Ann Jakeman, lives at 320 Calhoun
Pvt. Thomas E. Kemp, of 719
North Fifth street, was graduated
recently from the Department of
Armament of Lowry Field, Den
ver, Colo. He attended local
schools, and entered the service
on April 13, 1944 at Fort Bragg.
Pvt. Kirby L. Grissom, Field
Artillery, of 807 South Sixth street,
has returned from 12 months over
seas in the European theater of
Mr. and Mrs.
D. A. Harvell,
of Bolivia, re
cently received
their first per
sonal commu
nication from
their son, Ed
ward Lassiter
Harvell, signal
m a n second
class, USN, who
has been a
prisoner of the
HARVELL Japanese since
the fall of Bataan. The Harvells
have two other sons in the Army,
Technician Fifth Grade H. D. Har
vell, of Camp Barkeley, Tex.; anti
Tech. Sgt. W. W. Harvell of Elgin
Field, Fla.
The letter, which was written by
Edward to his mother on July 3,
1943 from Osaka Umeda Bunsho,
Osaka, Japan, follows: “I have
written you two letters and I hope
that you have received them all.
At present 1 am well and healthy.
I am working gix days every week.
It is summer time in earnest but
the climate here is about the same
as at' home, except not quite as
“Don’t worry about me. The
war will end sometime, as all wars
do. When it does, I won’t waste
any time once I am free about
going home. The Japanese treat
us well. The work is not too hard
and the food is all right.
“If you can answer, and when
you do, let me know what you can
about Woodrow and W. D. and all
the rest of the family. Extend my
regards to all the folks around
home and tell Adolph that I rooked
old Satan. I’m going to heaven
when I die, because I did my
stretch in ‘hell’ between Decem
ber 8. 1941 and June 6. 1942.
"Tomorrow is Sunday the
fourth. I know what you all will
have and how well I know what I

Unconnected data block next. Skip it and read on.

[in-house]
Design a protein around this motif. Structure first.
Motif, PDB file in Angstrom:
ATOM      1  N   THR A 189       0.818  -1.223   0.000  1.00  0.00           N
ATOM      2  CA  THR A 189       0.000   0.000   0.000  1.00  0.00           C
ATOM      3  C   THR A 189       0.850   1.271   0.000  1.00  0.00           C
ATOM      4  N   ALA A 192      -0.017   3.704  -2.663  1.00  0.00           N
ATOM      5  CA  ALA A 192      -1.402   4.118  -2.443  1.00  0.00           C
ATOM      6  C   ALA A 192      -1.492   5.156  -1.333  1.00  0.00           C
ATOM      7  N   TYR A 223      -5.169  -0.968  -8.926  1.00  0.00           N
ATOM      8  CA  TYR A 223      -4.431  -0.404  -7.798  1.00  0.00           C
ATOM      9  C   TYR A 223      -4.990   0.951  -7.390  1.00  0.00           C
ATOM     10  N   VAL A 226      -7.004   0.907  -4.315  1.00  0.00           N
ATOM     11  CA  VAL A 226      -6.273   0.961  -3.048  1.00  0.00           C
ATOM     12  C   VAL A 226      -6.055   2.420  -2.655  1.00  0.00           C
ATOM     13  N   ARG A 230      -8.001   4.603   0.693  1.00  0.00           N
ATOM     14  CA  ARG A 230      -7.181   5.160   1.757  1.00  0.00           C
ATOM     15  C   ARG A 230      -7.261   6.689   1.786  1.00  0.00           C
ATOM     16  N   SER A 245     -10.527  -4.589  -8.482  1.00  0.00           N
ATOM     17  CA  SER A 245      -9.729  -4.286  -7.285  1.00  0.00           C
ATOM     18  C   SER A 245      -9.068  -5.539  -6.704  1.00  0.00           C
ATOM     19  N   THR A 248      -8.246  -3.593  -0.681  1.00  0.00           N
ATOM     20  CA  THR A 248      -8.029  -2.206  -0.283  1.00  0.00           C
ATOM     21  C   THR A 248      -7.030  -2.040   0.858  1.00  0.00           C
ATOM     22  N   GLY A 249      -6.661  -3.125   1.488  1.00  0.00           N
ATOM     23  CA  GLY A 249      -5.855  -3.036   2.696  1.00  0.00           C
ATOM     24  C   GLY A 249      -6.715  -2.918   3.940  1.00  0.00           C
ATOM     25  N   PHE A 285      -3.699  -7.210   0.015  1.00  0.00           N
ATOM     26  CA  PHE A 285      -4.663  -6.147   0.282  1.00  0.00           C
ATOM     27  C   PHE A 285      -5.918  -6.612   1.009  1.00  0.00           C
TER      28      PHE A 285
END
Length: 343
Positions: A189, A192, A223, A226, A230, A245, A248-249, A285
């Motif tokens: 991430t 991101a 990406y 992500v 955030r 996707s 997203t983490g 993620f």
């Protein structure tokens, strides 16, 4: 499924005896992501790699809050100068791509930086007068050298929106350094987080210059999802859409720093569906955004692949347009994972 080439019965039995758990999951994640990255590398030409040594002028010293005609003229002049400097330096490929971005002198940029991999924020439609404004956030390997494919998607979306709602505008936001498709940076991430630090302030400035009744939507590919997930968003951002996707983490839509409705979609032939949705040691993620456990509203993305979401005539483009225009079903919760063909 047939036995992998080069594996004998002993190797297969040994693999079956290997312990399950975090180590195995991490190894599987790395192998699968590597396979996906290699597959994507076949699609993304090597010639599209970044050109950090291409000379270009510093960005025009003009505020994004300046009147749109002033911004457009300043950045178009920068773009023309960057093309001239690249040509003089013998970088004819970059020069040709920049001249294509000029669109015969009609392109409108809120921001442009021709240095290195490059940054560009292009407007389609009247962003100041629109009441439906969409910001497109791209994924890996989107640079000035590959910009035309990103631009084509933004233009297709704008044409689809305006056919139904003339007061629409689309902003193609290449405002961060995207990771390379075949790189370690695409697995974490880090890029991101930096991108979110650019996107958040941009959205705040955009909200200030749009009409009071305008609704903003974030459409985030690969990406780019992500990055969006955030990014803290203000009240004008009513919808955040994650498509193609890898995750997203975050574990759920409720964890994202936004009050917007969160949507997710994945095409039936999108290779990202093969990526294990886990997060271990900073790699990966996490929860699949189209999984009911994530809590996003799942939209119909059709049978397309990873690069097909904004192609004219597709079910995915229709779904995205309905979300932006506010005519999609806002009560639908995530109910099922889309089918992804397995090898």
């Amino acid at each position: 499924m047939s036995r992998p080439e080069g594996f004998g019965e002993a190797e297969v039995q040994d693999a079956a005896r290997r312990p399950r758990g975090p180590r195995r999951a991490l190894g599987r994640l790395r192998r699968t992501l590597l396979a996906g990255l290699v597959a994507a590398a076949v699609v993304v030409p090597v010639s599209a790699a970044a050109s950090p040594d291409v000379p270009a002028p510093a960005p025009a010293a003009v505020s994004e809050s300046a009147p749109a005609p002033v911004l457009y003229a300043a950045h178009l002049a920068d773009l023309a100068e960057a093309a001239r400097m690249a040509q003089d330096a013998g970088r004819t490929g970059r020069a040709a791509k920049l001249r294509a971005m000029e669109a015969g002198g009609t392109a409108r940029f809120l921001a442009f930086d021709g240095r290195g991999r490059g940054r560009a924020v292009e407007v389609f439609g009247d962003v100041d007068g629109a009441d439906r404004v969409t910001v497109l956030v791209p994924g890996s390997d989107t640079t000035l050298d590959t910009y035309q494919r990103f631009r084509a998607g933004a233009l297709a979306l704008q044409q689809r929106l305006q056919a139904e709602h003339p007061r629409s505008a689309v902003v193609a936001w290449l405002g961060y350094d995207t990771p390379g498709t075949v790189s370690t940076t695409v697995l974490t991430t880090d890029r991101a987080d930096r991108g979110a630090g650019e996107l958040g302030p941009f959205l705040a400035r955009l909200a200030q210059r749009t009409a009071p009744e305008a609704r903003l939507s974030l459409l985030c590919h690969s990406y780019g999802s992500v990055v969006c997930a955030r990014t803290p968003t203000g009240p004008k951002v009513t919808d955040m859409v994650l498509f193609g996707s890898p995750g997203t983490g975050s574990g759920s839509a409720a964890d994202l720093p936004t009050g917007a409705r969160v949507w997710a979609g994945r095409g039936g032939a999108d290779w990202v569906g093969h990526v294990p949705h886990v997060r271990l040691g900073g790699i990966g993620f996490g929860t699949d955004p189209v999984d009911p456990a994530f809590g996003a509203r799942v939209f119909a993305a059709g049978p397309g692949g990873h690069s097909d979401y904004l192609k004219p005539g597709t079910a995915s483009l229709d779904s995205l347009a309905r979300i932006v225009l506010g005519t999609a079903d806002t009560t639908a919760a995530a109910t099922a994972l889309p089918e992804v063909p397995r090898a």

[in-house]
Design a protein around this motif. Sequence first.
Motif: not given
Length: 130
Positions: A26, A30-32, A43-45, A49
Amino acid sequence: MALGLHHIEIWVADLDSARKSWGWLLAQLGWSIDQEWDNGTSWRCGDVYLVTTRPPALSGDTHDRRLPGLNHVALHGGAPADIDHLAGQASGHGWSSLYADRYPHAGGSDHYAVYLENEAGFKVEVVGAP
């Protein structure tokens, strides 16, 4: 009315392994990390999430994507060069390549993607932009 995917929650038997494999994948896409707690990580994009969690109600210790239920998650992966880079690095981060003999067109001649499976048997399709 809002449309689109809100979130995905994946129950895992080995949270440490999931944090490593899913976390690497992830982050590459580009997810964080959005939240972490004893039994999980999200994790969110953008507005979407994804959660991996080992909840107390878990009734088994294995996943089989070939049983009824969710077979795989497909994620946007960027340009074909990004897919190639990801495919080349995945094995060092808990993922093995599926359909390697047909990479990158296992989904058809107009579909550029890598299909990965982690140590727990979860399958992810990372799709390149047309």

will have. Wish I could be there.
I sure want some watermelon.”
Orrell Fleet AnJs
Elizabeth City Boat
The new white tug boat in the
Cape Fear river, which docks at
the foot of Chestnut street, is the
“Carl Blades,” owned by Dallas
Mr. Orrell purchased the boat
from the Albemarle Lumber com
pany, Elizabeth City.
The Carl Blades is a diesel tug
of 240 horsepower, 85 feet long
and 24 feet wide.
The new addition brings Orrell’s
fleet of tugs to five. All of them
are engaged in handling ships in
the river
VALENTINE, Nebr., Sept. 12—
UB—Gov. Thomas E. Dewey today
hailed what he called th.e "great
est Republican landslide” in
Maine’s history as arguing the
election of a GOP congressional
and national ticket this November.
Greeted here on his transconti
nental campaign tour by a color
ful outpouring of Sioux Indians,
cowboys and ordinary citizens, the
Republican presidential nominee
was obviously elated at the elec
tion of a Republican state ticket
in Maine by a majority, as he
figured it, of 70 1-2 per cent.
"The people in Maine,” he told
a news conference at the nearby
ranch of former Nebraska gov
ernor Sam R. McKelvie, "have
demonstrated a rising confidence
in the leadership of the Republi